Manchester stole headlines last month, but while the city’s Mayor spectacularly falls out with the Prime Minister, another revolution is brewing in the background – this time in property. While prices in London have flatlined and even fallen in places with more people considering rural locations outside the capital, the opposite seems to be happening in Manchester. Indeed, judging by its property boom, we’re certainly not done with city living yet.
The green shoots of growth were evident in March 2020, when a new report by JLL, looking at the UK’s property prospects between now and the end of 2024, revealed Manchester is forecasted to have both the highest sales price growth (17.1 per cent) and rental uplift (16.5 per cent) of any UK city over the next five years.
Already the forecast is being borne out. House prices in the city are rising, quantified by Zoopla in its latest House Price Index as a rise of 4.2 per cent between September 2019 and September 2020. Manchester was one of only eight cities tracked by the portal to have annual house price growth of more than 3 per cent – only beaten by Nottingham.
The buoyancy is replicated in rentals, with Manchester claiming the top two spots in Insurer CIA’s list of cities that rank best for buy-to-let profitability, based on new data. In pole position was Salford in Greater Manchester. It scored a profitability rating of 6.27 out of 10 thanks to a below average house price (£173,311) coupled with high rental incomes (an average £1,052 per month).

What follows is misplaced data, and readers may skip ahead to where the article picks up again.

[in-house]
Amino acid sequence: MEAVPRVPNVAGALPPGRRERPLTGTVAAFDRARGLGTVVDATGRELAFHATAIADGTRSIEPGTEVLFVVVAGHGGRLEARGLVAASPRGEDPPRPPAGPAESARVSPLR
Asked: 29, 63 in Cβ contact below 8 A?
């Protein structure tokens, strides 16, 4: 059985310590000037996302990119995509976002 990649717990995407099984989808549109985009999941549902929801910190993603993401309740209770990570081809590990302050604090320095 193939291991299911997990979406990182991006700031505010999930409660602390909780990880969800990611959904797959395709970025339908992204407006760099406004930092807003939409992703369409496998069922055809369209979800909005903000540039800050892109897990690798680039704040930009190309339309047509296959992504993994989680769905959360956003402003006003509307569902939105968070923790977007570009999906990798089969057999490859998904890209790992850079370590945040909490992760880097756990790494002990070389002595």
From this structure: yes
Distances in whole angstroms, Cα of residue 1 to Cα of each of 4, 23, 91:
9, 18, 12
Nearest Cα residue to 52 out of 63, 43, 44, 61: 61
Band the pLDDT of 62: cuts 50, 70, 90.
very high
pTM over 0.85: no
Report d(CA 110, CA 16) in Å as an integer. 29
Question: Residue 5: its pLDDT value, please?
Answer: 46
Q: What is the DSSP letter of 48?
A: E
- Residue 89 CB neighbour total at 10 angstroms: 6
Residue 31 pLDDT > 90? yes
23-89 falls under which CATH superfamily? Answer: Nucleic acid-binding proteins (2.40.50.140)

Manchester City itself took second spot, with a profitability score of 6.26 out of 10. Although the average property cost is marginally more expensive than Salford (£193,681), the average rental income (£1,141 per month) works in the City’s favour.
The momentum in Manchester is ongoing, with a £1.4 billion regeneration scheme underway in the city centre, running alongside The Great Manchester Spatial Framework and the Clean Air Plan – both of which are flexing to accommodate current and post-pandemic priorities. A new £23 million park, the first central green area in the city for 100 years, will grant thousands better access to open space. It’s an amenity that will be joined by 320,000 square feet of commercial space, new restaurants, bars, shops and a hotel, plus 1,500 new homes in the area.
Part of the ambitious plan is Viadux – a 40-storey apartment complex to be built in one of Manchester’s most prestigious quarters. The scheme follows an increasingly popular lifestyle template seen in London developments, with the promise of a gym, yoga studio and cinema with tiered seating. Viadux’s developer, Salboy, has already started to sell units to UK and overseas investors, mirroring JLL’s prediction that Manchester’s prospects in four years time, when Viadux’s construction is scheduled for completion, are likely to remain attractive.
If you’re an investor or looking for a new start, Manchester looks to be well worth further investigation.
Ed Mead is Co founder and Chief executive of property viewing service Viewber. Twitter: @ed_mead